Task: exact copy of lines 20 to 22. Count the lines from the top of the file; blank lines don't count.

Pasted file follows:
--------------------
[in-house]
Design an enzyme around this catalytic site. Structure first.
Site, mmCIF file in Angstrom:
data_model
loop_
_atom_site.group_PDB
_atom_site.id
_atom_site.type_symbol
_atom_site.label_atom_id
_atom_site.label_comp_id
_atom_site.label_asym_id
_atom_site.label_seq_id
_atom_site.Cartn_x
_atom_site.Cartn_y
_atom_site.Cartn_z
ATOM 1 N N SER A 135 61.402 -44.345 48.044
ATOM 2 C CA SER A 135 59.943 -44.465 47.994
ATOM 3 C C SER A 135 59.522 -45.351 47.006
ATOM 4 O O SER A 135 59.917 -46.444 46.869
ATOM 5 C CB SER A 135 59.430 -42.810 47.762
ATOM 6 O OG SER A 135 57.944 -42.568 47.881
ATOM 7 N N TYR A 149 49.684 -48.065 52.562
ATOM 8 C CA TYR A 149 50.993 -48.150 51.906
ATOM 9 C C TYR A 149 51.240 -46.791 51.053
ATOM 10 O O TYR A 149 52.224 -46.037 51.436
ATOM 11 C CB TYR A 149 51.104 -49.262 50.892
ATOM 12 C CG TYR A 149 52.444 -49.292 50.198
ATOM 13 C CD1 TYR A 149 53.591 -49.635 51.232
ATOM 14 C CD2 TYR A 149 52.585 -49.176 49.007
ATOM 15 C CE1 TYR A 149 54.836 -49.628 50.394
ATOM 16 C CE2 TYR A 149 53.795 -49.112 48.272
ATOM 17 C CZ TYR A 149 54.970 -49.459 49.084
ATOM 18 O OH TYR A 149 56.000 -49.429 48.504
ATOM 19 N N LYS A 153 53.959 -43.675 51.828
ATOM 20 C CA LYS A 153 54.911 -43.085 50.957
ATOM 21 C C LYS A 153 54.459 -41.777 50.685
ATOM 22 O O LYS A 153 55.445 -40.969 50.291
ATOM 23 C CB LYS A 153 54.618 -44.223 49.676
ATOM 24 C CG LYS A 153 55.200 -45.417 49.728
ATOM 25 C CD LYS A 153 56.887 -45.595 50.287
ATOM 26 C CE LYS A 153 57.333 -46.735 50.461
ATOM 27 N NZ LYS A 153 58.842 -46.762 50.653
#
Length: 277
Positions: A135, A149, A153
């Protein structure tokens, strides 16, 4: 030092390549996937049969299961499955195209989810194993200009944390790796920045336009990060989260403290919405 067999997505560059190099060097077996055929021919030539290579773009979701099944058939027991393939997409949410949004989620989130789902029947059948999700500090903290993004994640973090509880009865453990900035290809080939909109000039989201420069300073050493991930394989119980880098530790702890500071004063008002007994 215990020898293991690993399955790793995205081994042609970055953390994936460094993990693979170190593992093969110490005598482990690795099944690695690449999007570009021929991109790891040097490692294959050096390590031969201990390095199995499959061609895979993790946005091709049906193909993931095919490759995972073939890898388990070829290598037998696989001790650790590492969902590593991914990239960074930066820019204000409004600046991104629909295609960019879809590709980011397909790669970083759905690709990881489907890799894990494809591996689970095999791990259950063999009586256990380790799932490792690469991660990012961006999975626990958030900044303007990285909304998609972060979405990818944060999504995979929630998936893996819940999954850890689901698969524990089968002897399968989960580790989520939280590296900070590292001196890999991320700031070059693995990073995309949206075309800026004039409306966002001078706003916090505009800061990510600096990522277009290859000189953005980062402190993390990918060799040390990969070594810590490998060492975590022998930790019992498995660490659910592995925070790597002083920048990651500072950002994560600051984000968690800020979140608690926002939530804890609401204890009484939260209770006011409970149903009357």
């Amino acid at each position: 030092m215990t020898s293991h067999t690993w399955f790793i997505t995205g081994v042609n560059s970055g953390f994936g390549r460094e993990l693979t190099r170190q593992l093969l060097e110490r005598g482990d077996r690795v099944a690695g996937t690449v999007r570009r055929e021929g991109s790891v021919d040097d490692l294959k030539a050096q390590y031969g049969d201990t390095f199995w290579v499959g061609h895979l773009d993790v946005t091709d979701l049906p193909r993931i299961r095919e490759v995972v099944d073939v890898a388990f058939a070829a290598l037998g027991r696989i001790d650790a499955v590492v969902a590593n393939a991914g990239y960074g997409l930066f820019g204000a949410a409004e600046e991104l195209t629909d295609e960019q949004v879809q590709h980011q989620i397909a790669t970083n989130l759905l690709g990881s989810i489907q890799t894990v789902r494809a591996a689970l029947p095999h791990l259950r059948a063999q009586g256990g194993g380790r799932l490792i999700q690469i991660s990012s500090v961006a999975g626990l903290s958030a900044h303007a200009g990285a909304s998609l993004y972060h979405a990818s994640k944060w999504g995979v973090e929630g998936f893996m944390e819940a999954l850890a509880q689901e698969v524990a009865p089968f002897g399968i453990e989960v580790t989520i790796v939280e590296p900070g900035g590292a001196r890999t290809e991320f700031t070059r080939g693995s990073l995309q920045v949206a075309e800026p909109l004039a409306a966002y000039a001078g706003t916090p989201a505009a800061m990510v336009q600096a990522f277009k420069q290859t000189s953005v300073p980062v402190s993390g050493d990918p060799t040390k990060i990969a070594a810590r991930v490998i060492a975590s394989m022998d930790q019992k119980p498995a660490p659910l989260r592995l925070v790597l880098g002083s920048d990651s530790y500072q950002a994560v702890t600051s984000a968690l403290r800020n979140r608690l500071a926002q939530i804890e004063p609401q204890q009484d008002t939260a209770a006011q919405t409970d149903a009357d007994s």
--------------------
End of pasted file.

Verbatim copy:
ATOM 5 C CB SER A 135 59.430 -42.810 47.762
ATOM 6 O OG SER A 135 57.944 -42.568 47.881
ATOM 7 N N TYR A 149 49.684 -48.065 52.562